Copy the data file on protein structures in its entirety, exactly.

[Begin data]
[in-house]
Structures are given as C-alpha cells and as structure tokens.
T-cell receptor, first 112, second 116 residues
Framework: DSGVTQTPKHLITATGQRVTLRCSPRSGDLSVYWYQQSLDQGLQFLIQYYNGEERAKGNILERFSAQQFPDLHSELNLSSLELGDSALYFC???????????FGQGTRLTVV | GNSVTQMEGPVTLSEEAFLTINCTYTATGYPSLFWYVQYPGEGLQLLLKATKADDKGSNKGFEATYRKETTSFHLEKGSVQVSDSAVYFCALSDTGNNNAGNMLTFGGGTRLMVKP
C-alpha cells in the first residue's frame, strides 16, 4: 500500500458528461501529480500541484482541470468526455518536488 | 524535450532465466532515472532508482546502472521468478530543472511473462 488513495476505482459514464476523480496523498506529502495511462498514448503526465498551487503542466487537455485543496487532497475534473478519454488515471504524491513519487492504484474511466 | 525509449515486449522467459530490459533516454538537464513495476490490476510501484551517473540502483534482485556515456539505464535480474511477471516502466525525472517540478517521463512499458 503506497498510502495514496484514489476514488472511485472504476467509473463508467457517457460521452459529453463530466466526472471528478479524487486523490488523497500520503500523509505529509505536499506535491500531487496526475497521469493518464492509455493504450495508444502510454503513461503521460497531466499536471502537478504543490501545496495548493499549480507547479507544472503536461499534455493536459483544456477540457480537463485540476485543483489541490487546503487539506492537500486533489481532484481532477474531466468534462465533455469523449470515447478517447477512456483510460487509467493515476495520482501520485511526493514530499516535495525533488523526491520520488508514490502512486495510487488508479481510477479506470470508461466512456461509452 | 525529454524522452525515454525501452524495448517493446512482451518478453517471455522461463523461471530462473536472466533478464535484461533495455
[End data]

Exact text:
[in-house]
Structures are given as C-alpha cells and as structure tokens.
T-cell receptor, first 112, second 116 residues
Framework: DSGVTQTPKHLITATGQRVTLRCSPRSGDLSVYWYQQSLDQGLQFLIQYYNGEERAKGNILERFSAQQFPDLHSELNLSSLELGDSALYFC???????????FGQGTRLTVV | GNSVTQMEGPVTLSEEAFLTINCTYTATGYPSLFWYVQYPGEGLQLLLKATKADDKGSNKGFEATYRKETTSFHLEKGSVQVSDSAVYFCALSDTGNNNAGNMLTFGGGTRLMVKP
C-alpha cells in the first residue's frame, strides 16, 4: 500500500458528461501529480500541484482541470468526455518536488 | 524535450532465466532515472532508482546502472521468478530543472511473462 488513495476505482459514464476523480496523498506529502495511462498514448503526465498551487503542466487537455485543496487532497475534473478519454488515471504524491513519487492504484474511466 | 525509449515486449522467459530490459533516454538537464513495476490490476510501484551517473540502483534482485556515456539505464535480474511477471516502466525525472517540478517521463512499458 503506497498510502495514496484514489476514488472511485472504476467509473463508467457517457460521452459529453463530466466526472471528478479524487486523490488523497500520503500523509505529509505536499506535491500531487496526475497521469493518464492509455493504450495508444502510454503513461503521460497531466499536471502537478504543490501545496495548493499549480507547479507544472503536461499534455493536459483544456477540457480537463485540476485543483489541490487546503487539506492537500486533489481532484481532477474531466468534462465533455469523449470515447478517447477512456483510460487509467493515476495520482501520485511526493514530499516535495525533488523526491520520488508514490502512486495510487488508479481510477479506470470508461466512456461509452 | 525529454524522452525515454525501452524495448517493446512482451518478453517471455522461463523461471530462473536472466533478464535484461533495455